Page:Southern Historical Society Papers volume 28.djvu/343

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The Crenshaw Battery. 337

lishing department of the Everett Waddey Company, of this city. EDITOR.]

At the suggestion of some of my old comrades I send for publi- cation my recollection of the part played by this battery in our late war.


On the i4th day of March, 1862, on the Basin bank, in the ware- house of William G. Crenshaw, assembled a number of young men, middled-aged men and boys, all eager to do duty for the State in her defence. Well do I remember the means resorted to by some (at that period none but those who had attained the age of eighteen years were eligible) that they might overcome what they in their patriotism believed to be unjust in not permitting them to take up arms and march to the front.

This meeting resulted in the selection of William G. Crenshaw as captain, James Ellett as first lieutenant, who gave up his life at the battle of Fredericksburg, December, 1862; Charles Hobson as second lieutenant, who was, we believe, lost at sea, having been detached for special service, and A. B. Johnson as junior second lieutenant, with as bright a complement of non-commissioned officers as ever left Richmond namely, Thomas Graves, who was afterwards trans- ferred to another service; Thomas Ellett, who in time became its commander, and surrendered as such; Hollis, who afterwards became our first lieutenant; Allegre, one of the noblest and best of soldiers; Allen, there were two of them, Bill, who in time was promoted to the lieutenancy, and Ralph, another one of that jolly throng; and Robert Ellett, that noble boy who gave up his life for the cause, and then, too, that modest, whole-souled soldier, George Young, another victim of that unequal struggle, who lost his life at Jericho Ford during Grant's flank movement from the Wilderness to the south side of the James; also the Smith boys, Hugh afterwards lieutenant, and Clinton, another one of the invincibles, with the Ratcliffe brothers, Walter and Willie.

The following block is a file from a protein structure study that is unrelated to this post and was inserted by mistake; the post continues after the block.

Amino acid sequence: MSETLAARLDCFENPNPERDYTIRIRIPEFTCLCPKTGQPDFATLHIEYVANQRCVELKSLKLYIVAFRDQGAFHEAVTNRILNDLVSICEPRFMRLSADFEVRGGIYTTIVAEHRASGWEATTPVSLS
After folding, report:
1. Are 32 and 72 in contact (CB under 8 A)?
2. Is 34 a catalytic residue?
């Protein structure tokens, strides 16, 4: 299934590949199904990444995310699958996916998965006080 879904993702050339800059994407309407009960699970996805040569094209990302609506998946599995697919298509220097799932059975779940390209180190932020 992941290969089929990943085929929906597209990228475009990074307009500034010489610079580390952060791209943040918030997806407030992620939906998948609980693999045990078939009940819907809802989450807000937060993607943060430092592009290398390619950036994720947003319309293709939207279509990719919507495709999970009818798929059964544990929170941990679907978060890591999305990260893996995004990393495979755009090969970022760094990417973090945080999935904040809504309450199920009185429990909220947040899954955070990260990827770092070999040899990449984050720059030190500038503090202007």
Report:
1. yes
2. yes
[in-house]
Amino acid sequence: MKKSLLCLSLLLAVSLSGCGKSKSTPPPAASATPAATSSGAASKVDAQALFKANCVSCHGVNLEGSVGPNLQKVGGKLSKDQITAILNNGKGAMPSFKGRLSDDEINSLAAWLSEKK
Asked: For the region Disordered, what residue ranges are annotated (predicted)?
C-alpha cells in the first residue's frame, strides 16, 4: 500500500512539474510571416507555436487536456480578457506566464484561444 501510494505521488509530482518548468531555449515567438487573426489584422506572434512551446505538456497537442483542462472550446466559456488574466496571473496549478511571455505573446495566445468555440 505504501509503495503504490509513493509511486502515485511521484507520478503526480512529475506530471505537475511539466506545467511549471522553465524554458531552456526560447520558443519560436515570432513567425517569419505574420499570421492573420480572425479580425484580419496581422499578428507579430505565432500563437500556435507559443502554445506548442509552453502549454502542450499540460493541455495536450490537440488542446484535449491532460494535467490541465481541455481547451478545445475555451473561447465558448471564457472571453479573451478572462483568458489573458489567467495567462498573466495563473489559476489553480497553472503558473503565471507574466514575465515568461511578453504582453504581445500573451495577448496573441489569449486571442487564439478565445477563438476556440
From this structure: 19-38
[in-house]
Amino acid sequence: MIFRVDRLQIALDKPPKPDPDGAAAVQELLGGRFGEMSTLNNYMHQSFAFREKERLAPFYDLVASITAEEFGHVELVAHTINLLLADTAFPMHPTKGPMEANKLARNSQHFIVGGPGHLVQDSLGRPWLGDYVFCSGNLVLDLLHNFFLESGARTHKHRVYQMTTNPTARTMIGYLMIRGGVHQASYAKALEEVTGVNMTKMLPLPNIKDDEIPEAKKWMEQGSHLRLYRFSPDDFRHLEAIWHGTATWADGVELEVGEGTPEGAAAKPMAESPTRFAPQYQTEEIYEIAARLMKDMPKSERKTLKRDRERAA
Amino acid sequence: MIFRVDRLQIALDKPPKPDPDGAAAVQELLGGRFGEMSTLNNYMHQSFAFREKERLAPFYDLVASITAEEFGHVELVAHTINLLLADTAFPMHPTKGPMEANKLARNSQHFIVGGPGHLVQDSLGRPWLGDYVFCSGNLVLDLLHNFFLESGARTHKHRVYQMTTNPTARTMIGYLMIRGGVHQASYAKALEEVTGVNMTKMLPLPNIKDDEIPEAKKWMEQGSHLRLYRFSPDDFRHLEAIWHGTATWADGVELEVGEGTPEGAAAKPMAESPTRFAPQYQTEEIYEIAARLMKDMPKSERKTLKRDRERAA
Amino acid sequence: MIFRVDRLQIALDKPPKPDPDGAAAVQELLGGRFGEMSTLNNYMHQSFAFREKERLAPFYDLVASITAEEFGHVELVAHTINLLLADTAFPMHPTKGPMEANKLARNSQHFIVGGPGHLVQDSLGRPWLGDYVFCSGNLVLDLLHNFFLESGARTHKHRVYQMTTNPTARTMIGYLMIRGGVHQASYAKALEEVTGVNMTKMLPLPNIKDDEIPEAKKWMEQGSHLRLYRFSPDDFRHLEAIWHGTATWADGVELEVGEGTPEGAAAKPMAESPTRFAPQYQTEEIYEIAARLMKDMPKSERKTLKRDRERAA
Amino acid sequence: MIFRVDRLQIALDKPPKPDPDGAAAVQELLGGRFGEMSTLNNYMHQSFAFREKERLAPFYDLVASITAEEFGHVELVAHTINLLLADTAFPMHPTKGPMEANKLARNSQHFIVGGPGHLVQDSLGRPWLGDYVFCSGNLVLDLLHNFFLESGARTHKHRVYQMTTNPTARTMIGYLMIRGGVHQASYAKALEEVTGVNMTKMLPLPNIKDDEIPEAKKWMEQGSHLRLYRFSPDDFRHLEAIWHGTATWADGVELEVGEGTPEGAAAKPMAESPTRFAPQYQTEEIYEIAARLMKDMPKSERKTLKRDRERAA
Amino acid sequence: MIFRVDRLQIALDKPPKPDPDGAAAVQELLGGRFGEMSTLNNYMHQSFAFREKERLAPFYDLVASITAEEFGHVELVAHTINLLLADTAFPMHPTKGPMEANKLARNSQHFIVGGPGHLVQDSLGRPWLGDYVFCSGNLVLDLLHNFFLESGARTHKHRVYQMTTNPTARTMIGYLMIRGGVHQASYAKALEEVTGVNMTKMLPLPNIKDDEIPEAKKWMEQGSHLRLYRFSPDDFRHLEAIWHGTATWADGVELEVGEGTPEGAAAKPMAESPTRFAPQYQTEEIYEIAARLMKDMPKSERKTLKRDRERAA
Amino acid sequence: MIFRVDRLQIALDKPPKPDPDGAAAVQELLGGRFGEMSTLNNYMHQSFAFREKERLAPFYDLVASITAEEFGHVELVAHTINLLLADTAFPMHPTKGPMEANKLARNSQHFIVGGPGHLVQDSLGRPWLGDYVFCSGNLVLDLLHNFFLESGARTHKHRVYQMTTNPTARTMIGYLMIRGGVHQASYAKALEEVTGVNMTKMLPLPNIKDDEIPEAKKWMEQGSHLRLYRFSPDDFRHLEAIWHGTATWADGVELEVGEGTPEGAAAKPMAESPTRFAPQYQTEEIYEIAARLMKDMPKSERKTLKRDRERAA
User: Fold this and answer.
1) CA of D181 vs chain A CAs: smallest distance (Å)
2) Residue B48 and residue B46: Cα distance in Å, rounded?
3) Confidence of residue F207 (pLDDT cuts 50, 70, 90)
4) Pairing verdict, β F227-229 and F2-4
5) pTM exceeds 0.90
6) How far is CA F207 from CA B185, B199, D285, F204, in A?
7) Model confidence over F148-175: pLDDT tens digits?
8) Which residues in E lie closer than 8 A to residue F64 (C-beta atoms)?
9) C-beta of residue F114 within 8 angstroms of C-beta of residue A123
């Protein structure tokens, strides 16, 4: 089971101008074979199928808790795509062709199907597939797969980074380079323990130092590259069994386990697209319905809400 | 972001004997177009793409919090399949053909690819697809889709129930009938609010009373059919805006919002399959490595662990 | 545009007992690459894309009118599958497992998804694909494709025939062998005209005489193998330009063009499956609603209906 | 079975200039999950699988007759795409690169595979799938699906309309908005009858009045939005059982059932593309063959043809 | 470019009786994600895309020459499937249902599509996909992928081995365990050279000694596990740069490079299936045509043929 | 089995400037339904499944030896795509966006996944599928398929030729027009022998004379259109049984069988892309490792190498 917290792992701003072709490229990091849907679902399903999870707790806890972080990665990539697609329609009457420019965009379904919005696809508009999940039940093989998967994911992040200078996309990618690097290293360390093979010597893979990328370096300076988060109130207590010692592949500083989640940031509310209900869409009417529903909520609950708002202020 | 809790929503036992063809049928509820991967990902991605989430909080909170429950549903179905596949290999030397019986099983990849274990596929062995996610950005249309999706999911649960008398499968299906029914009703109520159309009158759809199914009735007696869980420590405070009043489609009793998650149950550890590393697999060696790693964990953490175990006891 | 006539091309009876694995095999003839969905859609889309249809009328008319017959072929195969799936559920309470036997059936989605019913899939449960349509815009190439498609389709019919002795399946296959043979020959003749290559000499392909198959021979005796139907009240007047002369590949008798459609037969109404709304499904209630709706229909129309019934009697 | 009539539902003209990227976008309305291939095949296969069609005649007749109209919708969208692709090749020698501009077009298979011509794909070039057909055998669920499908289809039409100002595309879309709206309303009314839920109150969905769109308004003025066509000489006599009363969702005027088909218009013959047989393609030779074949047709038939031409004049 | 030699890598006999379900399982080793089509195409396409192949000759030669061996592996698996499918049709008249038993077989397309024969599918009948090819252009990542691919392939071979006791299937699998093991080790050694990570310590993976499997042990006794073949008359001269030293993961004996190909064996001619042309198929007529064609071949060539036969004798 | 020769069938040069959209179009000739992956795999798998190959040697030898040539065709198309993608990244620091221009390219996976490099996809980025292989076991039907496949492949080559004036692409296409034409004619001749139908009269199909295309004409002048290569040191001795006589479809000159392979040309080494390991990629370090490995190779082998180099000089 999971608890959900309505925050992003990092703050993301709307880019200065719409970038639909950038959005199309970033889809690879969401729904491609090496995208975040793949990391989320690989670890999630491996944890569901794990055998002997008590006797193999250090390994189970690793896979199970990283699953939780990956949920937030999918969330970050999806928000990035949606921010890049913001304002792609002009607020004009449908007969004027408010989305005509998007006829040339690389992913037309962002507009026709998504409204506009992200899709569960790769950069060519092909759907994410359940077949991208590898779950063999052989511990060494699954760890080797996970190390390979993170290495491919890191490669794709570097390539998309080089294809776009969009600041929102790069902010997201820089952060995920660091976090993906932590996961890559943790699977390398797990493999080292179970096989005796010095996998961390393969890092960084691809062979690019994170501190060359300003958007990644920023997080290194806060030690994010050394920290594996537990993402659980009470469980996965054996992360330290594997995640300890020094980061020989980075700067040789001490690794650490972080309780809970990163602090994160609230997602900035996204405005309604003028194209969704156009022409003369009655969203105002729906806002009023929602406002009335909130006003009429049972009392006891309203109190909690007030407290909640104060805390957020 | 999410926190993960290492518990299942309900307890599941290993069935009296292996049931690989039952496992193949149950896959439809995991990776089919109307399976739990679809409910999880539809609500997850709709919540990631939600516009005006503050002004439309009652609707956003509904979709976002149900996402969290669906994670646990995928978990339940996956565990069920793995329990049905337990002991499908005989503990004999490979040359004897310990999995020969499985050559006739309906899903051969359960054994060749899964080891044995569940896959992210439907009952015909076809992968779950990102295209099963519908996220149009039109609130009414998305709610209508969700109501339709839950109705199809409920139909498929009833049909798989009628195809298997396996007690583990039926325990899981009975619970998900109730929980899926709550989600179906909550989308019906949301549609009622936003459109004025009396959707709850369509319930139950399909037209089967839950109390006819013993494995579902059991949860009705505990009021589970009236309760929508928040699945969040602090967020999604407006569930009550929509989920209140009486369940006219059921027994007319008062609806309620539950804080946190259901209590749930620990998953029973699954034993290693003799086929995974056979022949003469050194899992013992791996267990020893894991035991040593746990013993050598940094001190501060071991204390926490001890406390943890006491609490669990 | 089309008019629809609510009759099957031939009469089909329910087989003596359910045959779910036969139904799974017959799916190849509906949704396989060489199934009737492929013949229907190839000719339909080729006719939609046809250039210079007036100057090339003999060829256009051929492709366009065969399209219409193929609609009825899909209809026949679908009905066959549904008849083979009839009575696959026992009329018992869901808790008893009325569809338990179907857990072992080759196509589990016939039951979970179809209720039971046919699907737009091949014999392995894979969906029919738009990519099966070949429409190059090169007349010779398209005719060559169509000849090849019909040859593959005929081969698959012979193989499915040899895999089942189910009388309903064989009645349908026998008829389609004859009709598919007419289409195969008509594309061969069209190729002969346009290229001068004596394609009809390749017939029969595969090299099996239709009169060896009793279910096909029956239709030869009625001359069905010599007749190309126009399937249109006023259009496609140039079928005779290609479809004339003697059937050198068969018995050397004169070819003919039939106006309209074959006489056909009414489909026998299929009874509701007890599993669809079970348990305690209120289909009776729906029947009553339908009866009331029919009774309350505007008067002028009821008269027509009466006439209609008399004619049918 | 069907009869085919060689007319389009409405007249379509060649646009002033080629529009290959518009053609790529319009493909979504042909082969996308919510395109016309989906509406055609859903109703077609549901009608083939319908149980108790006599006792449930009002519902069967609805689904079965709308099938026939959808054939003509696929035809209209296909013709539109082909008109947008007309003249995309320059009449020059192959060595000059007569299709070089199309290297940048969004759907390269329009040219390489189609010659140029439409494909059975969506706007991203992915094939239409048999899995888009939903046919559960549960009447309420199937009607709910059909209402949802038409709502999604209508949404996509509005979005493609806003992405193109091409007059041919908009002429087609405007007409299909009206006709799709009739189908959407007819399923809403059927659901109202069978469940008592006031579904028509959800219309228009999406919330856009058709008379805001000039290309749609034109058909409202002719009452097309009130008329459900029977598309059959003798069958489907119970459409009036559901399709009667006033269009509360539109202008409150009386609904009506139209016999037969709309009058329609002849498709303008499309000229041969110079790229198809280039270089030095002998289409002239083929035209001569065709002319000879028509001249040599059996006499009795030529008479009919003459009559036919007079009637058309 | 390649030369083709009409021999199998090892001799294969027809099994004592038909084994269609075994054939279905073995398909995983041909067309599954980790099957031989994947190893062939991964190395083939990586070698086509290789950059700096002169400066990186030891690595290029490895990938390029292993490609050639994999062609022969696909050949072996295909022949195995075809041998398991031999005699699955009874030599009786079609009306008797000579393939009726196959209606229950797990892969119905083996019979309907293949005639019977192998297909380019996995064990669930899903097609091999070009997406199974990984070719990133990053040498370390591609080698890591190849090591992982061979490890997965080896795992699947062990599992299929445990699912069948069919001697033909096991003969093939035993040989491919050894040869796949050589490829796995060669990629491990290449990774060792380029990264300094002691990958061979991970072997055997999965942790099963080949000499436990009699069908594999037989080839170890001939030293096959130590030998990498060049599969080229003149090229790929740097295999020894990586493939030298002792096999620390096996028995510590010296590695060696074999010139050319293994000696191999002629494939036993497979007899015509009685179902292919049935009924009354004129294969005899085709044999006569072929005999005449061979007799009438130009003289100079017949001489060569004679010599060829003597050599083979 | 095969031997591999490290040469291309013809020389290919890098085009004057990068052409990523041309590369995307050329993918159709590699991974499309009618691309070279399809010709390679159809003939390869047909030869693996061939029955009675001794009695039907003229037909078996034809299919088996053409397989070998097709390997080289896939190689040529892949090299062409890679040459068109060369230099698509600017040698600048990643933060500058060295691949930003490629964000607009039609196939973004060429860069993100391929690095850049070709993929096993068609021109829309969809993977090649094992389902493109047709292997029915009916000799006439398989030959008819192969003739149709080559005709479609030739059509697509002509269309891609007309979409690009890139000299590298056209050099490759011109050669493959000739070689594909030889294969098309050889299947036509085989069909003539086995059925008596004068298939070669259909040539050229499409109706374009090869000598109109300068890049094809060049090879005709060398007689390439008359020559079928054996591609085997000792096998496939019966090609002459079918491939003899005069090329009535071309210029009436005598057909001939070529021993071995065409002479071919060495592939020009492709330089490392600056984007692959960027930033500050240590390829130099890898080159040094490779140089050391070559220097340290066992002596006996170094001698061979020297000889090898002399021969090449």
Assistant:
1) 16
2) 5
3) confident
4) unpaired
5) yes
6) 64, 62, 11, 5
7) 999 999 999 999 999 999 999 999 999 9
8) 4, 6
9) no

This is, I think, about the make-up of the Crenshaw Battery with about eighty men and boys, as we marched to Camp Lee, all in bright uniforms, to commence the actual duties of the soldier. And just here let me say that Captain Crenshaw will ever be remem- bered by the remaining few with the kindest of feeling for his thought- fulness in connection with the battery. Especially do we remember